Swapping oil fuel for sea energy
The marine source heat pump will provide 100 per cent of the heating needed by Plas Newydd Country House and Gardens. The 18th-century mansion used to be our biggest oil user and on some winter days would consume 1,500 litres of oil a day – the same as a typical house would use in ten months.
Now Plas Newydd will be heated with a new local and clean energy system, which pumps a small amount of sea water from the Menai Strait in Anglesey, through pipes to and from a heat exchanger on the shore, and then up 30 metres of cliff face to the mansion’s boiler house. The 300kW marine source heat pump cost £600,000 to install in total and is expected to save us around £40,000 a year in operating costs. That money can be reinvested back into the conservation of this elegant mansion.
Challenges and champions
Adam Ellis-Jones, our Assistant Director for operations in Wales, said: 'With the Irish Sea right on the doorstep of Plas Newydd, a marine source heat pump is the best option for us. However, there are very few marine source heat pumps and none of this size in the UK, so it has been a challenging project but a very exciting one.’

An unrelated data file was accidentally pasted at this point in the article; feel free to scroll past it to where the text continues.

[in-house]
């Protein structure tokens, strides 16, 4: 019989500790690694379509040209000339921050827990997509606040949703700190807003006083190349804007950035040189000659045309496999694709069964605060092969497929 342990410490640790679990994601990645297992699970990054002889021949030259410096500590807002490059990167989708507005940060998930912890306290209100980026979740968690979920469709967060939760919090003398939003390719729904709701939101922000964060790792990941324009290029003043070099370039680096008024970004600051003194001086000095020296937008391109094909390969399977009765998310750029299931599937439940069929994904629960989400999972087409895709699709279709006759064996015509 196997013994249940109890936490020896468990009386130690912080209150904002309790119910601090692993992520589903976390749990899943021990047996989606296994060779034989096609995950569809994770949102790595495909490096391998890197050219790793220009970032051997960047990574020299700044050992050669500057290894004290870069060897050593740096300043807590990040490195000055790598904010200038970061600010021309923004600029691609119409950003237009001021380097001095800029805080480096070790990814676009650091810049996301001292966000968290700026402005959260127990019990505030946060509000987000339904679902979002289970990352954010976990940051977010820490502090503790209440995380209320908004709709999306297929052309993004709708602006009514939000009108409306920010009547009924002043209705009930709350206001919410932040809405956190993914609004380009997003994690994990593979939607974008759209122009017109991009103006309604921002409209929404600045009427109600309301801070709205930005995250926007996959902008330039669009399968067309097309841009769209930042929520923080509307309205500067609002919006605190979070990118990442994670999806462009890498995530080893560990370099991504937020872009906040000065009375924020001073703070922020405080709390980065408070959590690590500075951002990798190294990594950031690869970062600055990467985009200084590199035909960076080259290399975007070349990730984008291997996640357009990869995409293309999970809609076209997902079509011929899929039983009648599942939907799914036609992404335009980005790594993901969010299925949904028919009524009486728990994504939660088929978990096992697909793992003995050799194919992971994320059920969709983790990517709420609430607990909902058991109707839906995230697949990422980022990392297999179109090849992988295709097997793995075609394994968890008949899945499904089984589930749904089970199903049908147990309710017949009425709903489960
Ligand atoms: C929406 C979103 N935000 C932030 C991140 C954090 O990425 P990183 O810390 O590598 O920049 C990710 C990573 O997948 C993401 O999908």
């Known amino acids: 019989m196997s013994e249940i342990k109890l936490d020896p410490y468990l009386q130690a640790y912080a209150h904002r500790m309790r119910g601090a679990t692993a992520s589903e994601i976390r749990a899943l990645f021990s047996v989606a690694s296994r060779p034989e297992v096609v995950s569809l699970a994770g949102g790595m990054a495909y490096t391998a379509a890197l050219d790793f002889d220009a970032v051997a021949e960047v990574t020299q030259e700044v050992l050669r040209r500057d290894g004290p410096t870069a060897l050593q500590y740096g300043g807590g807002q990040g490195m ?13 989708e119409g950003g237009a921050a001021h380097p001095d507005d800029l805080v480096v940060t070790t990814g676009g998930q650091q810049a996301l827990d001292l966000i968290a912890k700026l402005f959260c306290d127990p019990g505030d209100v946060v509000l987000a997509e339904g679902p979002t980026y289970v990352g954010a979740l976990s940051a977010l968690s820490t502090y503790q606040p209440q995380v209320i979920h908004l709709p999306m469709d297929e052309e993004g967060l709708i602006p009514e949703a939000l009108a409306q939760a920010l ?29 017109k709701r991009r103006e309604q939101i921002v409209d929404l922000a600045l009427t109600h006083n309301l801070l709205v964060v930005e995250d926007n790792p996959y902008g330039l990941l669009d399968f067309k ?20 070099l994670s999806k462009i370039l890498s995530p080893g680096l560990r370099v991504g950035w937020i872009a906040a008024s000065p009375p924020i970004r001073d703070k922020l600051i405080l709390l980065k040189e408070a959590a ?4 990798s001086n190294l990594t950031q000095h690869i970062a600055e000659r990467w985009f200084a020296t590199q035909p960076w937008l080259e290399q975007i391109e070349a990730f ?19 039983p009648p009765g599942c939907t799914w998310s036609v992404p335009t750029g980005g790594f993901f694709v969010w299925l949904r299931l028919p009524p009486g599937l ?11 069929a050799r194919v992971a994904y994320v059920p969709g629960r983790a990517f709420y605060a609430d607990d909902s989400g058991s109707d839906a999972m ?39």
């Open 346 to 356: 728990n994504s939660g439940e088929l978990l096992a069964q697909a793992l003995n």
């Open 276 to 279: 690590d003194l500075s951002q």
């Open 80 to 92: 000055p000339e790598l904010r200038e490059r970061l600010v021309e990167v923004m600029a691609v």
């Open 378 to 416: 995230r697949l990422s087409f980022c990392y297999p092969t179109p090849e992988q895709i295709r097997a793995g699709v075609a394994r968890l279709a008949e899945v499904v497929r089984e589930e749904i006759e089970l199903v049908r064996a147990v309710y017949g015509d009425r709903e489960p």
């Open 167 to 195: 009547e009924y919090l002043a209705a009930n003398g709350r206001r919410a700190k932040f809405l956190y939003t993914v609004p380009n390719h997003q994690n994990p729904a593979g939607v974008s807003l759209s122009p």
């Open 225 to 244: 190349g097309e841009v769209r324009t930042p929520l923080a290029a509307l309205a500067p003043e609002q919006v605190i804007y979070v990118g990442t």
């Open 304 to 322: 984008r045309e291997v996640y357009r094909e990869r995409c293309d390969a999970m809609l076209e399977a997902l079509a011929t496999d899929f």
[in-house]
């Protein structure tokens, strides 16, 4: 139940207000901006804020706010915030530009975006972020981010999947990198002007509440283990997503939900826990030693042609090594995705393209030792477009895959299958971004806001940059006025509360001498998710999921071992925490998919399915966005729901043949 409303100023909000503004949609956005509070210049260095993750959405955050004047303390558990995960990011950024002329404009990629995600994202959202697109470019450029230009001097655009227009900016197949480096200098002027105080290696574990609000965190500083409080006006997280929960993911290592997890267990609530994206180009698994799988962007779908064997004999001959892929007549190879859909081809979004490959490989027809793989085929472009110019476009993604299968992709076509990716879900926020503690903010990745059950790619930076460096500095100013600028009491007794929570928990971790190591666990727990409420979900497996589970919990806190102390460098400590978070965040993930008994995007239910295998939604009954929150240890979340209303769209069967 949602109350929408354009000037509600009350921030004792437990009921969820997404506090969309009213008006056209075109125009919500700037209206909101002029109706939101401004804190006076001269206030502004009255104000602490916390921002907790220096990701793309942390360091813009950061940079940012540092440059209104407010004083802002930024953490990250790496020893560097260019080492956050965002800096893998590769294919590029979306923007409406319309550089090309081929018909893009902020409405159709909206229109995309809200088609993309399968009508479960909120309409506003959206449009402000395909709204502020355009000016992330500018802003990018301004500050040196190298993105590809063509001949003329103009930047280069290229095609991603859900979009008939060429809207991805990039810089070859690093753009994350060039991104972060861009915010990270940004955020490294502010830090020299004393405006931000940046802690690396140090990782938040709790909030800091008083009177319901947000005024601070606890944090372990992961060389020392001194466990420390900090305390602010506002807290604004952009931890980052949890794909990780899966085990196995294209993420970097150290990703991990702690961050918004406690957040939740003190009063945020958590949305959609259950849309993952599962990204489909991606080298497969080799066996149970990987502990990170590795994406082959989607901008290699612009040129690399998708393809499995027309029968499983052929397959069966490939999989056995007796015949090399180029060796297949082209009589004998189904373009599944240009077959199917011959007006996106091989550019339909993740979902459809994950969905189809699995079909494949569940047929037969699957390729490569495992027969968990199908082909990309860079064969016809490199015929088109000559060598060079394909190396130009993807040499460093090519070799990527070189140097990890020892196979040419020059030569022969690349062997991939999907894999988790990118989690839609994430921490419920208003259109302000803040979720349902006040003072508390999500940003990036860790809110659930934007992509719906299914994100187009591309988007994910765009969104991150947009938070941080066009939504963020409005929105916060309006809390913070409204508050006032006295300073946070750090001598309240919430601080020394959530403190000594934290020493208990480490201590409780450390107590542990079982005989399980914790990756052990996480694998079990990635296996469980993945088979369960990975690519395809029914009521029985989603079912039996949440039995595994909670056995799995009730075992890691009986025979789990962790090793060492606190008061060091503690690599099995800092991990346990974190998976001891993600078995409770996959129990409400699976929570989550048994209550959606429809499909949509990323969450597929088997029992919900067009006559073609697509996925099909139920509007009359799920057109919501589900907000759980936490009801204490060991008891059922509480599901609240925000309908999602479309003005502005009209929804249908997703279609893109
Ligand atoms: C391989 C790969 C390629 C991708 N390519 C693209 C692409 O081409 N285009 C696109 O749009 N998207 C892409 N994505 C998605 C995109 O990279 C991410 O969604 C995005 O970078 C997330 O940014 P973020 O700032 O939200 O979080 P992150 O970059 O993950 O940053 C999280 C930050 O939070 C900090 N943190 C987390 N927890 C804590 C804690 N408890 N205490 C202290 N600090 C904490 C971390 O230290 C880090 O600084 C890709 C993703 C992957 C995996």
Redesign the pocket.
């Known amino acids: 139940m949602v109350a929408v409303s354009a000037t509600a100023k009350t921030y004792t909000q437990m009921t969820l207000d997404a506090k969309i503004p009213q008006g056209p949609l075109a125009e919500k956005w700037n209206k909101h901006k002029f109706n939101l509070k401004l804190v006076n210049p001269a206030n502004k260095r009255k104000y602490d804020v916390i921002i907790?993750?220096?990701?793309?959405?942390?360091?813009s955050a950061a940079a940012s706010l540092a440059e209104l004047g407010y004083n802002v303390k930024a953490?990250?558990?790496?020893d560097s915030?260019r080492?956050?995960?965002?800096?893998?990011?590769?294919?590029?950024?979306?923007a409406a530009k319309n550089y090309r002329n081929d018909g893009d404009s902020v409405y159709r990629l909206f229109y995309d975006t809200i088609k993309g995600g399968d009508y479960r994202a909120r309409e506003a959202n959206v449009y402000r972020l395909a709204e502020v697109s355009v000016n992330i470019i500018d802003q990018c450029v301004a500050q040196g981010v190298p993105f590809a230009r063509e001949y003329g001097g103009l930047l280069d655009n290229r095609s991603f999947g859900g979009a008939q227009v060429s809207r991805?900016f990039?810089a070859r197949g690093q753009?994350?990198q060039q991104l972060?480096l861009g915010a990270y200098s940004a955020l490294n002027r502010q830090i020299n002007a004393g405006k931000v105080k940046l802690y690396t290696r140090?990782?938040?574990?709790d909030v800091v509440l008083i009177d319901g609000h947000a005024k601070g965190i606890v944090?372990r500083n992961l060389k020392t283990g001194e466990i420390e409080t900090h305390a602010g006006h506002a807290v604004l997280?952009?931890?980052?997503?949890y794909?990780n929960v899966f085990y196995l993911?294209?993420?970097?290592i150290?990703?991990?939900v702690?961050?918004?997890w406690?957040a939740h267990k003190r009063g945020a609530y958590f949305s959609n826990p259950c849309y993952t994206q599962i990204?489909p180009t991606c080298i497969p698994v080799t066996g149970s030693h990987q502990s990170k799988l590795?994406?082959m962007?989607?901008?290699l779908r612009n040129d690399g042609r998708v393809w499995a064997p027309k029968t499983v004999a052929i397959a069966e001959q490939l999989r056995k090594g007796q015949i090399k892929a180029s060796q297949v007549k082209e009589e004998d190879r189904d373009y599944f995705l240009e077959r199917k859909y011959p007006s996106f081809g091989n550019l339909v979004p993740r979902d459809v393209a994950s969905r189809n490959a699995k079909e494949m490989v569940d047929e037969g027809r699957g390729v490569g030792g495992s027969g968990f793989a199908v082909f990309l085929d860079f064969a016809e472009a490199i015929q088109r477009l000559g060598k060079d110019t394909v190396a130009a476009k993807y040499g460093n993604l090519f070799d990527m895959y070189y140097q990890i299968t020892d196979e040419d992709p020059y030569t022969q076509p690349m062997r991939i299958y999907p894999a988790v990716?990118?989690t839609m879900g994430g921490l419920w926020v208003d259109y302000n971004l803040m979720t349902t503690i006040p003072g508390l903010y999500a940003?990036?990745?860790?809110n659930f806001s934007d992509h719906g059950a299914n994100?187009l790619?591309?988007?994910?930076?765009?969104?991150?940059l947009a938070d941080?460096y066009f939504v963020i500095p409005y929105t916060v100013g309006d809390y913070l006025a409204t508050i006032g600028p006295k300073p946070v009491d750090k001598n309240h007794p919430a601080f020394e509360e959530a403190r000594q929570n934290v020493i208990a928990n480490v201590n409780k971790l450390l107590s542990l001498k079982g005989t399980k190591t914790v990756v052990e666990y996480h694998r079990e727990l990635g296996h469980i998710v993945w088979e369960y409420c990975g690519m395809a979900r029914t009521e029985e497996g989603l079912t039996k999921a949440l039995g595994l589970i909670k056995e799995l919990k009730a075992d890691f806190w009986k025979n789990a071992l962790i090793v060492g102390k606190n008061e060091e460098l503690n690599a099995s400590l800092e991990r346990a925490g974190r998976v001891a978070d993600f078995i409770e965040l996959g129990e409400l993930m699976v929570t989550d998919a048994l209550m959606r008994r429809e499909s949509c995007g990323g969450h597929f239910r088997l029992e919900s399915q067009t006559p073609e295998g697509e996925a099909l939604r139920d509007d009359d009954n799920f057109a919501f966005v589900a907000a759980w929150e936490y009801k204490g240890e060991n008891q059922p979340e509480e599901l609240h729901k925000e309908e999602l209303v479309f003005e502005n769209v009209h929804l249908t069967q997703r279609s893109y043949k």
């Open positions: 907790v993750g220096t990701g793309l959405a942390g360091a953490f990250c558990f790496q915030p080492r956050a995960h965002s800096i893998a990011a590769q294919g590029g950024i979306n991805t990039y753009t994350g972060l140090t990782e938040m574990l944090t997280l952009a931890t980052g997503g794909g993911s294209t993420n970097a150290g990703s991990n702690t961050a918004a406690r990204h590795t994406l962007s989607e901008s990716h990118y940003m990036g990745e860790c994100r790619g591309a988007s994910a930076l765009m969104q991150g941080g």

Juliet Davenport OBE, founder and CEO of Good Energy, said: 'This project shows that cutting-edge British renewable technology can transform the energy use of some our oldest buildings.’
If pilot projects such as Plas Newydd are successful, we plan to invest in 43 renewable schemes at the places we look after.
Patrick Begg, our Rural Enterprises Director, said: 'This is a transformative scheme. I couldn’t be more delighted that Plas Newydd – a really sensitive and special place – is not only converting to clean energy, but taking the lead on innovation.’
‘It’s clear to us that we need to make big changes so that we can continue to protect our treasured places and tackle the impacts of climate change. This successful scheme marks a major step forwards in our clean energy journey.'
The bigger picture
Plas Newydd is just the start of our Renewable Energy Investment Programme. We have committed to reducing our energy use by 20 per cent and generating 50 per cent of our energy from renewable energy sources by 2020. This will enable us to reduce our energy costs by more than £4 million per annum, releasing more money for our important conservation work across England, Wales and Northern Ireland.